Granted the explosion in natural gas production in North America has had a positive effect on electricity production, even as the concomitant expansion in petroleum production (carried out in spite of, not because of, the policies of the Obama Administration) is finally driving gasoline prices down some.

Out on a limb.
Out on a limb.

We can not and should not stop with natural gas and petroleum, though.  A common sense energy policy would mandate production of more nuclear facilities.

Common sense, however, seems in short supply in the Imperial City these days.  Maybe the dramatic shift in power we saw last week will make a difference – and maybe it won’t.

Goodbye, Blue Monday

Goodbye, Blue Monday!
Goodbye, Blue Monday!

A few tidbits from the world of science this morning:

How Sex Is Like Your Thermostat.   The point being, apparently, is that sex is a self-reinforcing behavioral feedback loop.

Having studied animal behavior (and no, that is not how I came to pick up the nickname that forms my user ID and the title of this blog) I can state with some certainty that almost all behavior consists of self-reinforcing feedback loops, so I guess I fail to see the point here.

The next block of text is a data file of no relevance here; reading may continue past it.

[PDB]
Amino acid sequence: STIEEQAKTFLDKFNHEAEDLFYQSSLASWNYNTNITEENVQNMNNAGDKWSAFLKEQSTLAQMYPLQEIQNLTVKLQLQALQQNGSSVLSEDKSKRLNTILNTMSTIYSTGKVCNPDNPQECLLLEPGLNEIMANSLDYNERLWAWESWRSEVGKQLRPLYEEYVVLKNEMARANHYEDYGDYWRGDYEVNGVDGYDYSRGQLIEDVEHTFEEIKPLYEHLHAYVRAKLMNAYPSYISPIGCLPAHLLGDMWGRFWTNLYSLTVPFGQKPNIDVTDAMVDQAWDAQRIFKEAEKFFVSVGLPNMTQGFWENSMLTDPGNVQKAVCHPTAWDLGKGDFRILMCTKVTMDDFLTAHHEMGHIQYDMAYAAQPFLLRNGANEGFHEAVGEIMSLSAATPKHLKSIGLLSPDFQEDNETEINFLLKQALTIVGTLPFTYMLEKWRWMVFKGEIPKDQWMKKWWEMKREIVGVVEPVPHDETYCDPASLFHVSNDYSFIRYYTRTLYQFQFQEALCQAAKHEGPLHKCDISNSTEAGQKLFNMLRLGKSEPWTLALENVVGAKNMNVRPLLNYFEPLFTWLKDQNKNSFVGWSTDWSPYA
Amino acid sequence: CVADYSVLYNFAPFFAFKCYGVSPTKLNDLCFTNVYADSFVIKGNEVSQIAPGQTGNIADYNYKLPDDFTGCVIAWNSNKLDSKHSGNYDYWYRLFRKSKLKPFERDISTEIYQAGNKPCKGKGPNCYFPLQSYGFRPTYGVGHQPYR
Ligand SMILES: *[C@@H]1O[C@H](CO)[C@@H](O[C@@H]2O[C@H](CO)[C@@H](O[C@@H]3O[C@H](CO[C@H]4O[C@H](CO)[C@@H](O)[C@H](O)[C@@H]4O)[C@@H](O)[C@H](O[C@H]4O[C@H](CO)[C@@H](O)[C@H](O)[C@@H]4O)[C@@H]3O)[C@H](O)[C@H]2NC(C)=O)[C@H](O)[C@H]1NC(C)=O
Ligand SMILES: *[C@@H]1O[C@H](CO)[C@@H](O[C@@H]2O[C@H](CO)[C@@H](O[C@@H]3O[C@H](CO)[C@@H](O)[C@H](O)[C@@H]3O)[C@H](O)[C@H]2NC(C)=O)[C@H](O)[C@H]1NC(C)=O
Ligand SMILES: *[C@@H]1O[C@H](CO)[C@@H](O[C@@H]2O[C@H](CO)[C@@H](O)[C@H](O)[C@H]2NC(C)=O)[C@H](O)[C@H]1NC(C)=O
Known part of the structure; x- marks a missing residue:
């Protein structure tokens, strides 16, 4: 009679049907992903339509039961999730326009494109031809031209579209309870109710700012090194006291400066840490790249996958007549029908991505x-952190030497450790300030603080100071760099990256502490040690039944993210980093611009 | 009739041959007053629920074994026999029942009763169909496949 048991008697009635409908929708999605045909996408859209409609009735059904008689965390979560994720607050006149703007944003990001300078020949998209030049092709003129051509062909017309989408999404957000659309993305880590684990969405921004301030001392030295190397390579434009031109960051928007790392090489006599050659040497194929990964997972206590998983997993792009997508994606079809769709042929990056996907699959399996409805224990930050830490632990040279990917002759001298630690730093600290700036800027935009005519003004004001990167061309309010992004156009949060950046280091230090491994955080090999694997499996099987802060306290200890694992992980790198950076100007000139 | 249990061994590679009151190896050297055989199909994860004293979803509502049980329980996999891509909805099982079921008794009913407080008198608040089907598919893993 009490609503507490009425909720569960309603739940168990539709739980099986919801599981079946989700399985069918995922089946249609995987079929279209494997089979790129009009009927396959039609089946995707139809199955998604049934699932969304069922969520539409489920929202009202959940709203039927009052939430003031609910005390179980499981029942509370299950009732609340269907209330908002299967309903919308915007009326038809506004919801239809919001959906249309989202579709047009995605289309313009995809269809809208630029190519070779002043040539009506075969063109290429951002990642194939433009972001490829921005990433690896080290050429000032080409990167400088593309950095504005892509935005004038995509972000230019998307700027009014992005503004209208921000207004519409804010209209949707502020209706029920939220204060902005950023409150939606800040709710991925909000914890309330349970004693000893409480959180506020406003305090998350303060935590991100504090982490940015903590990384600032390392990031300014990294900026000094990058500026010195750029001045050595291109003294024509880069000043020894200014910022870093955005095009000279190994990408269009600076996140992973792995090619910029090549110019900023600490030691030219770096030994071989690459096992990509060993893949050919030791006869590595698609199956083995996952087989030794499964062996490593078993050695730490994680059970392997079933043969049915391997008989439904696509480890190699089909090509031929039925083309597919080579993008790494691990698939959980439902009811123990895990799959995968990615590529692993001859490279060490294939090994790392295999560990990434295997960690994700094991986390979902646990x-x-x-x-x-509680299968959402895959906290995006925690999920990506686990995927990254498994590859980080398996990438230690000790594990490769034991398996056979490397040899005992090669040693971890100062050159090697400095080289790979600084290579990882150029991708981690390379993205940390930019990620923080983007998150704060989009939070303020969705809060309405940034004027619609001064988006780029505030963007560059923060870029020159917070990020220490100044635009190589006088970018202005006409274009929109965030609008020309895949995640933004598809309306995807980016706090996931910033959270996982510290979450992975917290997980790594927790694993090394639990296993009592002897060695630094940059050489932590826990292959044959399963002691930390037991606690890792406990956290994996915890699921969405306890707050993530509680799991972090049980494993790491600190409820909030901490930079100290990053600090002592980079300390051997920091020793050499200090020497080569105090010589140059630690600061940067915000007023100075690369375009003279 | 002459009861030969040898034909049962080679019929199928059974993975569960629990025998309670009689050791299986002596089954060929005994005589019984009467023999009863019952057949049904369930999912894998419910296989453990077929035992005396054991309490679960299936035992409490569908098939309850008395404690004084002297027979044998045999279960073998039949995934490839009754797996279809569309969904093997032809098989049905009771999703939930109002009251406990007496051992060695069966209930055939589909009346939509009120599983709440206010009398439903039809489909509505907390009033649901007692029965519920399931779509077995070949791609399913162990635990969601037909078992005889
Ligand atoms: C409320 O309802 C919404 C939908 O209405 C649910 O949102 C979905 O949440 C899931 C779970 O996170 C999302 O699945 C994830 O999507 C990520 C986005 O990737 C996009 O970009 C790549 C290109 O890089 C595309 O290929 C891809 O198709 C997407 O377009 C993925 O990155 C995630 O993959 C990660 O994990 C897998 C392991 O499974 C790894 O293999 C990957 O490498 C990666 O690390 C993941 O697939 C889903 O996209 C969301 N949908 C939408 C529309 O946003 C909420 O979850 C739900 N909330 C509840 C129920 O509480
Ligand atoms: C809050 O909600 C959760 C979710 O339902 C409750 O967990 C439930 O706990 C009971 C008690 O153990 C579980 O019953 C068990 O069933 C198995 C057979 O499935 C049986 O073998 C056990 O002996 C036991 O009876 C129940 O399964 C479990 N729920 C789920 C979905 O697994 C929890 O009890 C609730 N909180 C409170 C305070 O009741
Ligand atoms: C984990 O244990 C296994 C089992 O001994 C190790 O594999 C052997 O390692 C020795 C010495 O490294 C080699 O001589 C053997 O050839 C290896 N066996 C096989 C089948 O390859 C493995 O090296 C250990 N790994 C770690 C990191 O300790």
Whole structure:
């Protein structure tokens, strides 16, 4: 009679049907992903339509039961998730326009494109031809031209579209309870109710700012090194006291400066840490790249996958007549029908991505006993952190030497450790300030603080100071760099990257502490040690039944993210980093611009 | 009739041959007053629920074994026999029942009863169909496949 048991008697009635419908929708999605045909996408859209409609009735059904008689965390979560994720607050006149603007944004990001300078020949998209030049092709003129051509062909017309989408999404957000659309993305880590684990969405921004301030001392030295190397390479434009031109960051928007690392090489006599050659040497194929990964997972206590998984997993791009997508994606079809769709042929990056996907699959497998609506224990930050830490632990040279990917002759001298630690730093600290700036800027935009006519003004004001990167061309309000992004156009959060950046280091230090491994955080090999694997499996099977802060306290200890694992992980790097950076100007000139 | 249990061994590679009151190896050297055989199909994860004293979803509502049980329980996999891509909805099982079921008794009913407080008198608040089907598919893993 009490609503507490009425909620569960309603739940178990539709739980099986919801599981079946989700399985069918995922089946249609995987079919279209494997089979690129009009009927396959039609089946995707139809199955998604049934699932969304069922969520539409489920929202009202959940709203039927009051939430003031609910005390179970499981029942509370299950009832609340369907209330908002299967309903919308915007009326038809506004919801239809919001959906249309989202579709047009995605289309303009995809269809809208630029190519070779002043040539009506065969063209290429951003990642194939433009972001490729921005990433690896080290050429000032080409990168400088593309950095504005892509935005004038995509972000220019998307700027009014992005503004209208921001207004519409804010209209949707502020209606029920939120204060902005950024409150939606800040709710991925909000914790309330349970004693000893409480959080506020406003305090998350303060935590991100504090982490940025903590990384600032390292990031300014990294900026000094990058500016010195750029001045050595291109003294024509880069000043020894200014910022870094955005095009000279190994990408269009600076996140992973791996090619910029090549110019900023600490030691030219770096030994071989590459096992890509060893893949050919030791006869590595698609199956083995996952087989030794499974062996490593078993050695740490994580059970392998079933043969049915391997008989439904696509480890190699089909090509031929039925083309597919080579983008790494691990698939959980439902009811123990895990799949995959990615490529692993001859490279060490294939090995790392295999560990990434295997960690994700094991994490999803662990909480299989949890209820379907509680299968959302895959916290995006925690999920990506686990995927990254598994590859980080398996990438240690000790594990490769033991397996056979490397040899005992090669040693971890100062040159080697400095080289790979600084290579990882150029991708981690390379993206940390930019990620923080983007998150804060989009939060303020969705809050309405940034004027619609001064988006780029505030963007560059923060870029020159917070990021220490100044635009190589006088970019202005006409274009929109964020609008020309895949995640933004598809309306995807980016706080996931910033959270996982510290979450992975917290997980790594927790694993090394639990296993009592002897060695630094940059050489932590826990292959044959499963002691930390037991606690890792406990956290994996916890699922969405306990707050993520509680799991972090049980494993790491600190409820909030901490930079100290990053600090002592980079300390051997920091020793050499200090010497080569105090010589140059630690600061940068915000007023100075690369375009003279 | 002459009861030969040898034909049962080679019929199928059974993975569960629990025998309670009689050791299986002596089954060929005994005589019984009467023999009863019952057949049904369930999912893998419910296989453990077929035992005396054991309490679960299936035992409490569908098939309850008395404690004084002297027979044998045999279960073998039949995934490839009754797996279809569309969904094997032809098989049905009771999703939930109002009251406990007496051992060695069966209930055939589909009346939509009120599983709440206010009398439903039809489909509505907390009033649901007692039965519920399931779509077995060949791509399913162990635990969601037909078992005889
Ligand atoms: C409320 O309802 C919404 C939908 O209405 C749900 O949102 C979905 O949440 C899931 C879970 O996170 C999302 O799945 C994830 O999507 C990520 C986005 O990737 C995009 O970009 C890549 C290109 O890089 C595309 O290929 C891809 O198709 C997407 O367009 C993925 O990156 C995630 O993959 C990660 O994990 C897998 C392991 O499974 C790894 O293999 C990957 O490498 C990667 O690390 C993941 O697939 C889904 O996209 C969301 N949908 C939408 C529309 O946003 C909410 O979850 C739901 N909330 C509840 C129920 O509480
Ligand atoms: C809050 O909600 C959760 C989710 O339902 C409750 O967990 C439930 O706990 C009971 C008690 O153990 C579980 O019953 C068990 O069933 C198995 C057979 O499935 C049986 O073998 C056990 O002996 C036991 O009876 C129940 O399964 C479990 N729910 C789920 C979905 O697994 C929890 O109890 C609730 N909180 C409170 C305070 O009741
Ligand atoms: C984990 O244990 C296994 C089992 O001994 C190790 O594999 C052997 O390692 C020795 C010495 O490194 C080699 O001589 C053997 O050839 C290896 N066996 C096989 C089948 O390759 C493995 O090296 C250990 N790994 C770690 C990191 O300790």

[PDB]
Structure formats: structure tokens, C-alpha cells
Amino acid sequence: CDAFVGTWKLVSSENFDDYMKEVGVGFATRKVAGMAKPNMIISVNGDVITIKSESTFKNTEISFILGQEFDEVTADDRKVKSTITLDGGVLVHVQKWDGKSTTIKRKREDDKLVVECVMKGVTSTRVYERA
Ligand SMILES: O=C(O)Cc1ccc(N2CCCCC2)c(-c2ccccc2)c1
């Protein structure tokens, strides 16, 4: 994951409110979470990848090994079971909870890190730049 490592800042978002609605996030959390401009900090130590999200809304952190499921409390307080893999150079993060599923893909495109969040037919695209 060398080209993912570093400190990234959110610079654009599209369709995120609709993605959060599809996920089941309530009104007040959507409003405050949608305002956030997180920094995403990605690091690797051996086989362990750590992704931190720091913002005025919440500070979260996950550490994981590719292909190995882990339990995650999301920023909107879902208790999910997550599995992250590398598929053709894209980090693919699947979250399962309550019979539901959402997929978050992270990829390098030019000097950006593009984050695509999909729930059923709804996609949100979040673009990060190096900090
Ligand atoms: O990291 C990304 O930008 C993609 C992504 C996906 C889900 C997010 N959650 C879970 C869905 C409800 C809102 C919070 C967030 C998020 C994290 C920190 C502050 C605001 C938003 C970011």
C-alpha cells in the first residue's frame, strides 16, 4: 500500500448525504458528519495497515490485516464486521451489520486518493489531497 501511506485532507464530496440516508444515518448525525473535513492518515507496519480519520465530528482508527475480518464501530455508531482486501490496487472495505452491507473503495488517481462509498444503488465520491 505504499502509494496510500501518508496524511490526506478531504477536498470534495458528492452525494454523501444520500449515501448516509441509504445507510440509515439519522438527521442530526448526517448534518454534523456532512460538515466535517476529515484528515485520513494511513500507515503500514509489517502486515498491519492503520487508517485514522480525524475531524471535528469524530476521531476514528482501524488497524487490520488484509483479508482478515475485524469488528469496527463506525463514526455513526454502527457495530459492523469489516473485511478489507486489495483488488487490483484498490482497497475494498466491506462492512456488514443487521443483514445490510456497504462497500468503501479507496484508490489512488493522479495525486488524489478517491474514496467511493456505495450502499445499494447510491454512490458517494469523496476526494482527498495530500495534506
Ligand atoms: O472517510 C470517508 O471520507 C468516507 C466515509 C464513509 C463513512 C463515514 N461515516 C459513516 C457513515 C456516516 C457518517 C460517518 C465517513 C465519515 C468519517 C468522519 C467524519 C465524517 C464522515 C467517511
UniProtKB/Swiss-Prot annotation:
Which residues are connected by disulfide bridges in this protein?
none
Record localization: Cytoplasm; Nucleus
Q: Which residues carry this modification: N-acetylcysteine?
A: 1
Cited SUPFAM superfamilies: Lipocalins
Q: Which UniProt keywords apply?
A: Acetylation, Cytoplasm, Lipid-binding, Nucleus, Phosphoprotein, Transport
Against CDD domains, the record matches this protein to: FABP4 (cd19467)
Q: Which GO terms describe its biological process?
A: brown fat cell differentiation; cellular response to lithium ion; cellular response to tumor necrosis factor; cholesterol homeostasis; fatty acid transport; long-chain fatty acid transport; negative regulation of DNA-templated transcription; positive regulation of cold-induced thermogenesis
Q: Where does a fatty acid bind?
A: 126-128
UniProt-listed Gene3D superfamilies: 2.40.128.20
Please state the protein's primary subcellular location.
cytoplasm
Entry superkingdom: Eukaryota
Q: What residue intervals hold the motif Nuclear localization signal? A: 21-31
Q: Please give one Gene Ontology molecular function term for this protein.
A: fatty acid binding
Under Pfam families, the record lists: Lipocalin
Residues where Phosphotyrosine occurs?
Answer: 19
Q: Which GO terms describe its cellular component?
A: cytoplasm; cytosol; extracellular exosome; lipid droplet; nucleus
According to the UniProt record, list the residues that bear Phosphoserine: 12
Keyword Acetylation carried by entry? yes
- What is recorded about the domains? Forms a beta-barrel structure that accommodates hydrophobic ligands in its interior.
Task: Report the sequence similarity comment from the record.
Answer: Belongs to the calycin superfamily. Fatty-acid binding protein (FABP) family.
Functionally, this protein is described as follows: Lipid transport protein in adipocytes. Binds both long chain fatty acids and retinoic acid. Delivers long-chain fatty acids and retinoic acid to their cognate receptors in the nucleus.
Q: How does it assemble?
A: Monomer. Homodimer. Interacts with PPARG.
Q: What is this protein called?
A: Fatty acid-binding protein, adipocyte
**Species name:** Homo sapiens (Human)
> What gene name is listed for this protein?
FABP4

Except, of course, sex.

Women’s Farts Smell Worse.  Well, I’m not going to try to convince Mrs. Animal of that.  Especially not if I want to keep a certain behavioral feedback loop in play.

Don’t Mess With The Steamer Duck.  He’ll f**k you up.

And, finally, on a more serious note, it seems DARPA is getting into the fusion energy research game.  Excerpt:

Smiling BearA US government agency has launched a new $30m programme to support alternative approaches to generating energy from nuclear fusion. The initiative has been created by the Advanced Research Projects Agency – Energy (ARPA-E), which falls under the auspices of the Department of Energy (DOE). In August, the DOE invited researchers to “develop and demonstrate low-cost tools to aid in the development of fusion power”. Research teams need to outline their proposals by 14 October with three-year grants ranging from $250,000 to $10m up for grabs.